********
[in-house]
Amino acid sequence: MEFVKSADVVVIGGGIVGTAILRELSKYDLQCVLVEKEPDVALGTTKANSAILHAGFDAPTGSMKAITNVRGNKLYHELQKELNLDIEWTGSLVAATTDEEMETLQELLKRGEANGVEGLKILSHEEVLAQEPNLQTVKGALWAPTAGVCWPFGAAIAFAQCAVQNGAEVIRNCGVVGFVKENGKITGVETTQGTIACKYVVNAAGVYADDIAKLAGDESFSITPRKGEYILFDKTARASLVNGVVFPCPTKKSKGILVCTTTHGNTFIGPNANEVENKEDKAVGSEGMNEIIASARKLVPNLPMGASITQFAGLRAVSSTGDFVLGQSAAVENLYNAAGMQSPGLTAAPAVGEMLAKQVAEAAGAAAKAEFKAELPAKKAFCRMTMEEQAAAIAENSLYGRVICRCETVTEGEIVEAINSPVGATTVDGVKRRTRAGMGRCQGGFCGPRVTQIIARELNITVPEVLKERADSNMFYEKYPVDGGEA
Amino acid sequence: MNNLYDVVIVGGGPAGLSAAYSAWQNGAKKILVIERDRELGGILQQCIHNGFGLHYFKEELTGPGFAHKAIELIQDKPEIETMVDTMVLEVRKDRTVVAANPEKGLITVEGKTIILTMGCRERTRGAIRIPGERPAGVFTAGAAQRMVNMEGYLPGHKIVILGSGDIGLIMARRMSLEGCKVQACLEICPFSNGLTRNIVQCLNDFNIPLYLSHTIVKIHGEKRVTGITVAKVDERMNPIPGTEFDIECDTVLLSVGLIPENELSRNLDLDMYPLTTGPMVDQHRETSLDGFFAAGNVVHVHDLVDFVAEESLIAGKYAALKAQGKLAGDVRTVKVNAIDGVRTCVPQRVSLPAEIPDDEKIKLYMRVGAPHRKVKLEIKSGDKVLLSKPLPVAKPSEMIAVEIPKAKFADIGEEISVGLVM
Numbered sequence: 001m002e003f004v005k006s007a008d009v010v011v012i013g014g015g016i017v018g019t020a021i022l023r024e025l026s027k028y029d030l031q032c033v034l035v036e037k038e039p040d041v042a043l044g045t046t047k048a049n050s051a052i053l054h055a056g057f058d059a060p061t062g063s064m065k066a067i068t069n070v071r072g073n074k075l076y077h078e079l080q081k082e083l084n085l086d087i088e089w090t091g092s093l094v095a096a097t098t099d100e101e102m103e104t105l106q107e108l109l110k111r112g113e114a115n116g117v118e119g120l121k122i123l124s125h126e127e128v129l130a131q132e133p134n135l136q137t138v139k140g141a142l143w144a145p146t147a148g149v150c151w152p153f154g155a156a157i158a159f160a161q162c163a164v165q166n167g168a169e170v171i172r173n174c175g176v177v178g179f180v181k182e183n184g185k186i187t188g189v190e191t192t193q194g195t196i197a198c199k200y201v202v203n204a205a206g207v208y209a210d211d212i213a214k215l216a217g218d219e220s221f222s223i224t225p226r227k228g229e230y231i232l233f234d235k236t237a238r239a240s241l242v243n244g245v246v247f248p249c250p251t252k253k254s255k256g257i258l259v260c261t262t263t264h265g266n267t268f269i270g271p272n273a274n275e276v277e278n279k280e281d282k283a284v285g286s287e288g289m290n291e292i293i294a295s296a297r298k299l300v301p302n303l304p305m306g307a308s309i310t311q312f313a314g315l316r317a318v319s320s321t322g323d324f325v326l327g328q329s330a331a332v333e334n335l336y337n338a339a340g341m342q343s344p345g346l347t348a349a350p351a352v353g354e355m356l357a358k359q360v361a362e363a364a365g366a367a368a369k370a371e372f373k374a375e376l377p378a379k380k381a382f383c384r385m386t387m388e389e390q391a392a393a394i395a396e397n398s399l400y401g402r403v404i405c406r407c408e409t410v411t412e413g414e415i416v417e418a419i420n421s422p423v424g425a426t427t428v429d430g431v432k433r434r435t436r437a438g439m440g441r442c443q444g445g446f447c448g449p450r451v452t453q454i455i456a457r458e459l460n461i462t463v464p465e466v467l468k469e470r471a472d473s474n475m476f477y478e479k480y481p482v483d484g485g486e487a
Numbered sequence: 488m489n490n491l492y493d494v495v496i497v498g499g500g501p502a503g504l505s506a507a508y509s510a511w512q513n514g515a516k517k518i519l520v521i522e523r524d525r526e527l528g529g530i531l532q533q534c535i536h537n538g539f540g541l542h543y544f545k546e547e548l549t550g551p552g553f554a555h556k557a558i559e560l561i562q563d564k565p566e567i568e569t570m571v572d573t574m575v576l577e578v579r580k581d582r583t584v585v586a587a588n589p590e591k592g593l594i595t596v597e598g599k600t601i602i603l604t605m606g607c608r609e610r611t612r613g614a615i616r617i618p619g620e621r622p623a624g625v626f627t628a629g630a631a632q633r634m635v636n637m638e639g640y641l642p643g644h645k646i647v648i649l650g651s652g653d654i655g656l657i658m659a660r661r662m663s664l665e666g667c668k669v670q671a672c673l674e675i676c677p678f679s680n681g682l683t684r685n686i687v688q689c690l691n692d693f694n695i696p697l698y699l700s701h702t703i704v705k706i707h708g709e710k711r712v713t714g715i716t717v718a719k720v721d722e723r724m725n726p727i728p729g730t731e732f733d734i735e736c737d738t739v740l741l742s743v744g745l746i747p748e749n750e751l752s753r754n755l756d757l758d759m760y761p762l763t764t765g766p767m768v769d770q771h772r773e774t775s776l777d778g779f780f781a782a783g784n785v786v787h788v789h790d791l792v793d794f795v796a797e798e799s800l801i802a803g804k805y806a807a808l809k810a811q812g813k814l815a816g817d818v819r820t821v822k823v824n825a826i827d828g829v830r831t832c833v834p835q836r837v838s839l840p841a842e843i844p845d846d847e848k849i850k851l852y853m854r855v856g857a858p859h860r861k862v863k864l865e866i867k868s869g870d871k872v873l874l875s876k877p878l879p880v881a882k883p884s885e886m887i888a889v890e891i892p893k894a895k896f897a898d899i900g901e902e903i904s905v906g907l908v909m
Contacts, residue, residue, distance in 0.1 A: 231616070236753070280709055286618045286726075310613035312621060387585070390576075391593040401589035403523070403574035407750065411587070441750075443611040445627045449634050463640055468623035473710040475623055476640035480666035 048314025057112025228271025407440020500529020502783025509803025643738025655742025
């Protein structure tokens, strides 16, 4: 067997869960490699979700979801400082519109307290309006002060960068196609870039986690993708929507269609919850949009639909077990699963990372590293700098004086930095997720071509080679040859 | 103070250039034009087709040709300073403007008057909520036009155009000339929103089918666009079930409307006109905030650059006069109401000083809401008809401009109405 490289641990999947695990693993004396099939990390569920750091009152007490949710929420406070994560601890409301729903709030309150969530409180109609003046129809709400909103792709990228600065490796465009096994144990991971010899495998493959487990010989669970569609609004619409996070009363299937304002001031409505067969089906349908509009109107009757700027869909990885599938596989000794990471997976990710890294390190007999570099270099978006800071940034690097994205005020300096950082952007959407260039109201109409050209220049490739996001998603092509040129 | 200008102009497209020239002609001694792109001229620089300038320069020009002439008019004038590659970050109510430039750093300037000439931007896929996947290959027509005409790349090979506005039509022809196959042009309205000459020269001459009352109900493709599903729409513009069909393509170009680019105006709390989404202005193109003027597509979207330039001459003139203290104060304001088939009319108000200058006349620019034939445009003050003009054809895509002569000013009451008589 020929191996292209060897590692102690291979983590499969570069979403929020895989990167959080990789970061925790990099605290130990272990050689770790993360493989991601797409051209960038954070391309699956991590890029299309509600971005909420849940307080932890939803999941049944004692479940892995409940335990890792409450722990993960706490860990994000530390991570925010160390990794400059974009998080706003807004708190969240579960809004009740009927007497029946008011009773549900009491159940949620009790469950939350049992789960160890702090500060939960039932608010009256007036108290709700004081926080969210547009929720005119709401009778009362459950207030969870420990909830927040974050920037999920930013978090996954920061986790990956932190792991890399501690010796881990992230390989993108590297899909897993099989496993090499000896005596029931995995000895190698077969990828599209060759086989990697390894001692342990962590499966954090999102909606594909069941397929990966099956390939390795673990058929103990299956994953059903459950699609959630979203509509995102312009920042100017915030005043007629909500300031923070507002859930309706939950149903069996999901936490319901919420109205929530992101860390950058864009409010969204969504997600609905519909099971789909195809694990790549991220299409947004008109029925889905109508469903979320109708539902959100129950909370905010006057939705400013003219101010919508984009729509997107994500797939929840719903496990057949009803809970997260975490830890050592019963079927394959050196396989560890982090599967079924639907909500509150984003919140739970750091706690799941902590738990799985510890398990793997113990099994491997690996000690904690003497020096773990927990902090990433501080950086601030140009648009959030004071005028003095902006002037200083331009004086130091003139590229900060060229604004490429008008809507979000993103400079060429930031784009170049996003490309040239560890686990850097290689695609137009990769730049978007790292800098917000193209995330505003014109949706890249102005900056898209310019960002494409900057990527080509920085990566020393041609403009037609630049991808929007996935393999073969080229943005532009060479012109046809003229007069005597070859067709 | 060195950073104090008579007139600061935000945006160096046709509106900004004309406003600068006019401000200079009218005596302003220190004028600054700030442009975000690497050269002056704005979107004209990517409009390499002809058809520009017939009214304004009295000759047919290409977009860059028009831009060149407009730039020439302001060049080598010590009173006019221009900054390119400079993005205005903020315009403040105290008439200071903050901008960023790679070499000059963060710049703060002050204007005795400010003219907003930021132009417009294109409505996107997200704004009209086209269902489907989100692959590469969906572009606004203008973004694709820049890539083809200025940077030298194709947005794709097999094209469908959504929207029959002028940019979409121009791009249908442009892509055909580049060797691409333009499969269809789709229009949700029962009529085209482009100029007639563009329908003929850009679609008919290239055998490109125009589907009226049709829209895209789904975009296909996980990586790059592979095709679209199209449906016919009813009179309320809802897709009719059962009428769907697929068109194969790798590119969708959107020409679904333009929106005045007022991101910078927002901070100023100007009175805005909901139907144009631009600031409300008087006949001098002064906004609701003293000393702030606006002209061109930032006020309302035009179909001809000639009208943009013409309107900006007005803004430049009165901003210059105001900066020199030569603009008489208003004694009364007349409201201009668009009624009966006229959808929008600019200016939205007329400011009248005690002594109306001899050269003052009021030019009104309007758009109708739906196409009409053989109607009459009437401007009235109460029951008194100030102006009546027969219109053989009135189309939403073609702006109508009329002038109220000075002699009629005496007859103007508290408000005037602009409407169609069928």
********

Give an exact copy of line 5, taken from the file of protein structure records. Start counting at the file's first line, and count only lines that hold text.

Numbered sequence: 488m489n490n491l492y493d494v495v496i497v498g499g500g501p502a503g504l505s506a507a508y509s510a511w512q513n514g515a516k517k518i519l520v521i522e523r524d525r526e527l528g529g530i531l532q533q534c535i536h537n538g539f540g541l542h543y544f545k546e547e548l549t550g551p552g553f554a555h556k557a558i559e560l561i562q563d564k565p566e567i568e569t570m571v572d573t574m575v576l577e578v579r580k581d582r583t584v585v586a587a588n589p590e591k592g593l594i595t596v597e598g599k600t601i602i603l604t605m606g607c608r609e610r611t612r613g614a615i616r617i618p619g620e621r622p623a624g625v626f627t628a629g630a631a632q633r634m635v636n637m638e639g640y641l642p643g644h645k646i647v648i649l650g651s652g653d654i655g656l657i658m659a660r661r662m663s664l665e666g667c668k669v670q671a672c673l674e675i676c677p678f679s680n681g682l683t684r685n686i687v688q689c690l691n692d693f694n695i696p697l698y699l700s701h702t703i704v705k706i707h708g709e710k711r712v713t714g715i716t717v718a719k720v721d722e723r724m725n726p727i728p729g730t731e732f733d734i735e736c737d738t739v740l741l742s743v744g745l746i747p748e749n750e751l752s753r754n755l756d757l758d759m760y761p762l763t764t765g766p767m768v769d770q771h772r773e774t775s776l777d778g779f780f781a782a783g784n785v786v787h788v789h790d791l792v793d794f795v796a797e798e799s800l801i802a803g804k805y806a807a808l809k810a811q812g813k814l815a816g817d818v819r820t821v822k823v824n825a826i827d828g829v830r831t832c833v834p835q836r837v838s839l840p841a842e843i844p845d846d847e848k849i850k851l852y853m854r855v856g857a858p859h860r861k862v863k864l865e866i867k868s869g870d871k872v873l874l875s876k877p878l879p880v881a882k883p884s885e886m887i888a889v890e891i892p893k894a895k896f897a898d899i900g901e902e903i904s905v906g907l908v909m